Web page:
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Failed States

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Failed States. Among the most important elements of President Bush's first National Security Strategy (NSS) is its focus on failed states. The president is wise to draw attention to the significant threats to our national security posed by failed and failing states. Such states can and often do serve as safe havens and staging grounds for terrorist organizations. Failed states create environments that spur wider regional conflicts with significant economic and security costs to neighboring states. They pose serious challenges to U.S. interests in terms of refugee flows, trafficking in illicit goods, peacekeeping and humanitarian assistance, and lost trade and investment opportunities. Despite the welcome emphasis in the NSS on the security threats posed by failing states, the Strategy does not offer any vision, policies, or new resources to counter these threats. A new U.S. strategy should combine improved intelligence collection with more aggressive efforts at conflict resolution and post-conflict "nation-building" in global crisis zones. Creating pockets of improved development and security would help limit the operating space of international outlaws. Thus, the United States should devise innovative ways to assist failed and failing states through targeted development and counterterrorism assistance as well as improved trade access to the U.S. market. "The New National Security Strategy: Focus on Failed States" by Susan E. Rice.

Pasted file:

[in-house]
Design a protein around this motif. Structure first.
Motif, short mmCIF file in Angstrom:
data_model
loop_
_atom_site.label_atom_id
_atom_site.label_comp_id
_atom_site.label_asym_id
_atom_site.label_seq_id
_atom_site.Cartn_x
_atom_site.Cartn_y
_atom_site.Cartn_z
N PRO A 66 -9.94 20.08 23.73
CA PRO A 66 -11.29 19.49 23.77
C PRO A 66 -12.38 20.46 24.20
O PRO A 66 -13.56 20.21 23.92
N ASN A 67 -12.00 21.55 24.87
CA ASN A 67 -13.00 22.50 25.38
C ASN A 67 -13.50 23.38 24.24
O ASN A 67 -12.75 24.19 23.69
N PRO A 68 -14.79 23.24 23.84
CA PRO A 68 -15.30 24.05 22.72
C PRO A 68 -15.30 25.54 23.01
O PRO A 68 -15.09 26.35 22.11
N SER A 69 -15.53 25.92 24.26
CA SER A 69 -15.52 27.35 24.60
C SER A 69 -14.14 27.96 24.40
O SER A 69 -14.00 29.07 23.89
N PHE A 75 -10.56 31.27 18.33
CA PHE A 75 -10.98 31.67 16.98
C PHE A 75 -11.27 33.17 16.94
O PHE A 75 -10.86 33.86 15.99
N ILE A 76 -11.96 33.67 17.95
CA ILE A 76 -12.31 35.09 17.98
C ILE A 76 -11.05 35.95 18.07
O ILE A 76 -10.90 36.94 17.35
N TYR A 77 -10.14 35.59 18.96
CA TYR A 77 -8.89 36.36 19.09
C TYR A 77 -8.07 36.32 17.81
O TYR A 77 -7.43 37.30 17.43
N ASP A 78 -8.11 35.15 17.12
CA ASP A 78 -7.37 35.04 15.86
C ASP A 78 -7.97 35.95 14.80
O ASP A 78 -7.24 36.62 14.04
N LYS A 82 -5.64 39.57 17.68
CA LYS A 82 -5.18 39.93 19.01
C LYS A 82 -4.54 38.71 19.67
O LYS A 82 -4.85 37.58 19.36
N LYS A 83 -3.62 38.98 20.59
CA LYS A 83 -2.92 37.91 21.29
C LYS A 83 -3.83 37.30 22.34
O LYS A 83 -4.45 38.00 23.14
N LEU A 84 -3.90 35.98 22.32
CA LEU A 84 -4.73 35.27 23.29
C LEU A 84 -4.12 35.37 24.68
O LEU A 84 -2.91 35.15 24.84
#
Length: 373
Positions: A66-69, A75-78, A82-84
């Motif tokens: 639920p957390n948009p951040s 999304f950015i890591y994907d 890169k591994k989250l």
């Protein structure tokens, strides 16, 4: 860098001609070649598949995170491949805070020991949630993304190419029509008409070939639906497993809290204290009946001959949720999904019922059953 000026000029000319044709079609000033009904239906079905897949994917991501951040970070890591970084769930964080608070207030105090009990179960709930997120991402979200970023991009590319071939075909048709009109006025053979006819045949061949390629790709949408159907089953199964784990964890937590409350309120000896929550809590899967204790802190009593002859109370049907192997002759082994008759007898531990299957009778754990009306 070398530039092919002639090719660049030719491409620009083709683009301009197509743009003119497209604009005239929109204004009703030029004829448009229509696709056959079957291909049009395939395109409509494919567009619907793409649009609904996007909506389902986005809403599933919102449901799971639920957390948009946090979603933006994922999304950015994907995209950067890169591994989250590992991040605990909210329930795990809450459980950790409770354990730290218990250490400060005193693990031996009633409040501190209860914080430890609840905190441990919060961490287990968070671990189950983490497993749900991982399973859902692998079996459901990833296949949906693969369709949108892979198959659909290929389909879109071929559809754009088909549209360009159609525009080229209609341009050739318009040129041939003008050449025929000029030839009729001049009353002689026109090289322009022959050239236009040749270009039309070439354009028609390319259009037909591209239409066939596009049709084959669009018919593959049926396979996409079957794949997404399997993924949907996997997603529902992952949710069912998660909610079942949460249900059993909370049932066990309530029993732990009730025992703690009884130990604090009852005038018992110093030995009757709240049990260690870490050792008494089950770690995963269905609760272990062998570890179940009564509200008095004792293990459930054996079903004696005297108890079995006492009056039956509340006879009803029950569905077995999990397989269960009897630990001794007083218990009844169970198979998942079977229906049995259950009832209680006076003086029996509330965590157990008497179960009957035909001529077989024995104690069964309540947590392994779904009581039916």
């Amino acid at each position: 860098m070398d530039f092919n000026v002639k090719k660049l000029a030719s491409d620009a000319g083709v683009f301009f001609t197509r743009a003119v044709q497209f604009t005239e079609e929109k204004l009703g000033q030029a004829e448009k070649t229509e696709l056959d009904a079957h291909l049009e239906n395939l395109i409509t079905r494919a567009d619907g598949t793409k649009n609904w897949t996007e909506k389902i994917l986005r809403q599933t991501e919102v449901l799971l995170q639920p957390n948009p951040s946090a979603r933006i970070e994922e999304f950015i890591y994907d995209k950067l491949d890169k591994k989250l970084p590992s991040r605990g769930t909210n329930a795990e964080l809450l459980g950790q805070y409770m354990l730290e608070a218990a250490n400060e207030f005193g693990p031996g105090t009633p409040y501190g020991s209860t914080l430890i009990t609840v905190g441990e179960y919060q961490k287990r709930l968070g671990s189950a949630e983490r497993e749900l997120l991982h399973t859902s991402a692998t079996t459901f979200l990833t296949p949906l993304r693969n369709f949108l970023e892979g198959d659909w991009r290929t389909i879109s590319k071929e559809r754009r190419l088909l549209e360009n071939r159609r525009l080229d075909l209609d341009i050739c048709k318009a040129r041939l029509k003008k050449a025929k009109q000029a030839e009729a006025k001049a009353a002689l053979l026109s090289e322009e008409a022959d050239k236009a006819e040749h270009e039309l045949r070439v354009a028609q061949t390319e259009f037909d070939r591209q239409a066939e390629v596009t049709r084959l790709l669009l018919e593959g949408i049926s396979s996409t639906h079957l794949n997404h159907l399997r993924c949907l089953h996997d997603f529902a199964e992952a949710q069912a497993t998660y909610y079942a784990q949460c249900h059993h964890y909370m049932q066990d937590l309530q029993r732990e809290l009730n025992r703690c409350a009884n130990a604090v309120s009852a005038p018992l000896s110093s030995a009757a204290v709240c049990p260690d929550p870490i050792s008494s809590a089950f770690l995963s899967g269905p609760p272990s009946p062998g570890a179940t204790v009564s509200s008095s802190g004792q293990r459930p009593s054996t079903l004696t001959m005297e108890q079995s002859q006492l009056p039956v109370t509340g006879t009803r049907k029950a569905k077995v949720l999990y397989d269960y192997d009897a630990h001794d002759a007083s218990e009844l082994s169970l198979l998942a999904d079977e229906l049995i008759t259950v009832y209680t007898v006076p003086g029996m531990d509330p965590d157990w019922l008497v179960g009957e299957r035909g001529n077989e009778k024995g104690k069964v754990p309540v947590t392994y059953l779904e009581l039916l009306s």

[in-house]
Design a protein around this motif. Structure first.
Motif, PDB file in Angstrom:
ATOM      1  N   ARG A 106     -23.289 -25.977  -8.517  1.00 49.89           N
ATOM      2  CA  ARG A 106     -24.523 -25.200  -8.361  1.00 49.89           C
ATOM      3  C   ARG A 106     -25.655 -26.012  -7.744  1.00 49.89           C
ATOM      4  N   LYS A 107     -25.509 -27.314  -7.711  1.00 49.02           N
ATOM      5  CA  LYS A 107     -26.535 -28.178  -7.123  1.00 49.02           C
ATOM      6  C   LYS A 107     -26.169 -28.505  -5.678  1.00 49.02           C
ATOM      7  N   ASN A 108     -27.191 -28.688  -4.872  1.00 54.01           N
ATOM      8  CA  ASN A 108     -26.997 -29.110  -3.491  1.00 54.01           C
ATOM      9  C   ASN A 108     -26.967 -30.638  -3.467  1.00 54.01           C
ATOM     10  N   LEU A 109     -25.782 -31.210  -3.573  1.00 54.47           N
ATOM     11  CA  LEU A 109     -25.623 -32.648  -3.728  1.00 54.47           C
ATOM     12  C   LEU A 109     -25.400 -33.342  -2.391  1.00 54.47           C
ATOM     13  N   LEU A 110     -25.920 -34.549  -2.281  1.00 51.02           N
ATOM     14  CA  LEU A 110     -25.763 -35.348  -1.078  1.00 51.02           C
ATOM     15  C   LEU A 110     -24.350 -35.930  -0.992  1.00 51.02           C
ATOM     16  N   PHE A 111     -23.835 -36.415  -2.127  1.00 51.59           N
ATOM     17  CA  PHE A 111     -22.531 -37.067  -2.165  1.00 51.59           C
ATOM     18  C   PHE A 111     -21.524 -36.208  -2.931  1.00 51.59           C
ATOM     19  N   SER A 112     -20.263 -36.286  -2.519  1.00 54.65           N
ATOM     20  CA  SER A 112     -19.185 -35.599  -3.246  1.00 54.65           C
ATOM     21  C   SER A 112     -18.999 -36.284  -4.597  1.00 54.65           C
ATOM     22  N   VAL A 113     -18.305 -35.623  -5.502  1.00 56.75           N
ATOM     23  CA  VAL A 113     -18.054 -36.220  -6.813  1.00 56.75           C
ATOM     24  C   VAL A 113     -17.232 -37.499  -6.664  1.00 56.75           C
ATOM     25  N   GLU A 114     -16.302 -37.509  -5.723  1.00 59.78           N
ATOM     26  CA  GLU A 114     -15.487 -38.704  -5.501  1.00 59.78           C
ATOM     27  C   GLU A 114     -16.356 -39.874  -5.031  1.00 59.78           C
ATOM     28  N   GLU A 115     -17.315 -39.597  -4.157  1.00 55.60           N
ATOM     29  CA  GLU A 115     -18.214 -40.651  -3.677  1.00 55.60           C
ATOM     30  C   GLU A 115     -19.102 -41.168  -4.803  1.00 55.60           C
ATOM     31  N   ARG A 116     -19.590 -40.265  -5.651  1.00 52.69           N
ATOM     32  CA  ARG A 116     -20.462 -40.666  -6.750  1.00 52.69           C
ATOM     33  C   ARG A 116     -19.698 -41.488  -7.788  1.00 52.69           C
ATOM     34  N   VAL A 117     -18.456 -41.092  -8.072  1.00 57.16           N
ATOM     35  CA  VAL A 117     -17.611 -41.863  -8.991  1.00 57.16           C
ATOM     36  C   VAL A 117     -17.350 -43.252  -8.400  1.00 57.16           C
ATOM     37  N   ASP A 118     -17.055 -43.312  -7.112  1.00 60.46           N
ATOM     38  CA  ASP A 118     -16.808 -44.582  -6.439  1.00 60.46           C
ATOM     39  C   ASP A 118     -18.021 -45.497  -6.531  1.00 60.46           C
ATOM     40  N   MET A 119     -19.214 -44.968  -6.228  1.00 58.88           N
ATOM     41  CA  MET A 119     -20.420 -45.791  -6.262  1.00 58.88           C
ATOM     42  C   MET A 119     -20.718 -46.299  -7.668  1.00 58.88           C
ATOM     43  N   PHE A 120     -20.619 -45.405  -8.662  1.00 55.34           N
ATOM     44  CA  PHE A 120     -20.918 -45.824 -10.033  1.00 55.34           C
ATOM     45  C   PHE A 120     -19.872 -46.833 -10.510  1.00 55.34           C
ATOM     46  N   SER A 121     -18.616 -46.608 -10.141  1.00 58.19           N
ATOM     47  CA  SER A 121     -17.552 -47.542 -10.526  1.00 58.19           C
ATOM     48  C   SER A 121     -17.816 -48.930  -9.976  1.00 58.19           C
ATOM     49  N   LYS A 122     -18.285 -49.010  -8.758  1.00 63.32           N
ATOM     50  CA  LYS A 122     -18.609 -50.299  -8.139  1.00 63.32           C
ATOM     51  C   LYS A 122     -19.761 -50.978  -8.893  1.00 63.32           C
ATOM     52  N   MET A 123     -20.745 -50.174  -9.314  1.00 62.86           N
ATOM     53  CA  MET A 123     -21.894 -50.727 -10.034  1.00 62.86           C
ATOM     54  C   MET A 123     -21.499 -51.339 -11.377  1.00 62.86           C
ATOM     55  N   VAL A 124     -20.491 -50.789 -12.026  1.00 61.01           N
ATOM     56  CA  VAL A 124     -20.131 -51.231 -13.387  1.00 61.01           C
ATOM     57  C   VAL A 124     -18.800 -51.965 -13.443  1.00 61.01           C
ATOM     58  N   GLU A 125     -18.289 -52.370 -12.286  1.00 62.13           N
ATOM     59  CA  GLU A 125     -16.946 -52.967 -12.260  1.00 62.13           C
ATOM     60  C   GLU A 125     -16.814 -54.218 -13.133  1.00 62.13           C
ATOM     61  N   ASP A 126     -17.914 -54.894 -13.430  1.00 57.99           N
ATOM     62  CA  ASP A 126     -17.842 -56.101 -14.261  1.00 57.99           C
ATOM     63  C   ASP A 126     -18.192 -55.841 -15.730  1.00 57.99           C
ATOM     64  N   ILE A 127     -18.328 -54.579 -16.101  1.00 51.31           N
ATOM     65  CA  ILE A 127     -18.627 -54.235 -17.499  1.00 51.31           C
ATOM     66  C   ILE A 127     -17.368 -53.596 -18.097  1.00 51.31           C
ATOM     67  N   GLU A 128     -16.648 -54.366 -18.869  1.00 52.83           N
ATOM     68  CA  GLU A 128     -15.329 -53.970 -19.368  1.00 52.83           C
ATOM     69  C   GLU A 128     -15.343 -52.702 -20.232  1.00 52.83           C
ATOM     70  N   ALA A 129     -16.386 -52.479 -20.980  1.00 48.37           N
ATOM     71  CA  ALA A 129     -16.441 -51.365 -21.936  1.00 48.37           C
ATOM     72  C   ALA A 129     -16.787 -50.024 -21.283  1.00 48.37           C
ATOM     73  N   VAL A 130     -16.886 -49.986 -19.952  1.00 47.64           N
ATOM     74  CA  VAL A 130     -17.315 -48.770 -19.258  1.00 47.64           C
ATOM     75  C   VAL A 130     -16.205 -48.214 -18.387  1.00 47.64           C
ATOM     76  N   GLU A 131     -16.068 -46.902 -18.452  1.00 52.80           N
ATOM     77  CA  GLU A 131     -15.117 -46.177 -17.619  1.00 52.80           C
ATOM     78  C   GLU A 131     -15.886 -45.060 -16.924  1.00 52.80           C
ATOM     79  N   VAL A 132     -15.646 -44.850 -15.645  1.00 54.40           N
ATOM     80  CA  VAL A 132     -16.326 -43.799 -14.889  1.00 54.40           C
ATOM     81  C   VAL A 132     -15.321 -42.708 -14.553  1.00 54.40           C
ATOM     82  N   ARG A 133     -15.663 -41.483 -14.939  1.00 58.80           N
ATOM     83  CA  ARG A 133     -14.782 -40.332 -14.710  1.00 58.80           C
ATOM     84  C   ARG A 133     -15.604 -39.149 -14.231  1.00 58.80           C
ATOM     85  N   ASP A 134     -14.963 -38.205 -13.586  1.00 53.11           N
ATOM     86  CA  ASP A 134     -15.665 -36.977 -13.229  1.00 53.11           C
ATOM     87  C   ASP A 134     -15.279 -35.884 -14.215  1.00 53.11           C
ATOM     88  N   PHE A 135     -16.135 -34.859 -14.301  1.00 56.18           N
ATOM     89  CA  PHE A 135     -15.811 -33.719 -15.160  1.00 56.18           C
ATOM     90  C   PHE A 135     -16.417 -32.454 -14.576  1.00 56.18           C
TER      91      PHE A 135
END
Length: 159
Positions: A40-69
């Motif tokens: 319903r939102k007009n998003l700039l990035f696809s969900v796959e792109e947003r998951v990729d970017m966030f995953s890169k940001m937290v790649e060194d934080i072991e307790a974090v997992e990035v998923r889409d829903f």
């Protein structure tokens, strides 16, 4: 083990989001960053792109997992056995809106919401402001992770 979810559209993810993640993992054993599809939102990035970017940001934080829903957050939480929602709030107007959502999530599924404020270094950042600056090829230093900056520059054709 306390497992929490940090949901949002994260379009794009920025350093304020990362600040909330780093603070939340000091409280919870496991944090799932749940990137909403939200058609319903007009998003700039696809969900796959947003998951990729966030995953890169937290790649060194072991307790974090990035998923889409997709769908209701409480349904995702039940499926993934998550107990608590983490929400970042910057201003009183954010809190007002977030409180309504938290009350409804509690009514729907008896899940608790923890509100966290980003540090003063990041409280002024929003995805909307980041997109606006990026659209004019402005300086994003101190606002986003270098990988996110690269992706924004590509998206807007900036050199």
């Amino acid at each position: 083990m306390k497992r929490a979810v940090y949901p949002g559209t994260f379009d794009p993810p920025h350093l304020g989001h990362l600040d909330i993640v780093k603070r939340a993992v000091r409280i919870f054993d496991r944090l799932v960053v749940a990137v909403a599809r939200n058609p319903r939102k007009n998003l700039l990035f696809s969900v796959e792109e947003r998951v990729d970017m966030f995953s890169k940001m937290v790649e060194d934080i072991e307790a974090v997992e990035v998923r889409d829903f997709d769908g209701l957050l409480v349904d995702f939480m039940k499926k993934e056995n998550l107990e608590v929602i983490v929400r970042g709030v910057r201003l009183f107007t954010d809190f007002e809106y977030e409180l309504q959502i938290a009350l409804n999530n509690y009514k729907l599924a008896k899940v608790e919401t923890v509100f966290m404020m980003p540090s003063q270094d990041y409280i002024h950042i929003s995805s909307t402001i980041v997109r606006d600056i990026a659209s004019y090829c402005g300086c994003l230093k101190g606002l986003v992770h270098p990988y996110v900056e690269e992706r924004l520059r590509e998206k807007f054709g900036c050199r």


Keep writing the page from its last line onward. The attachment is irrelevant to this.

By Brookings Institution , US.

Defense Policy Resource.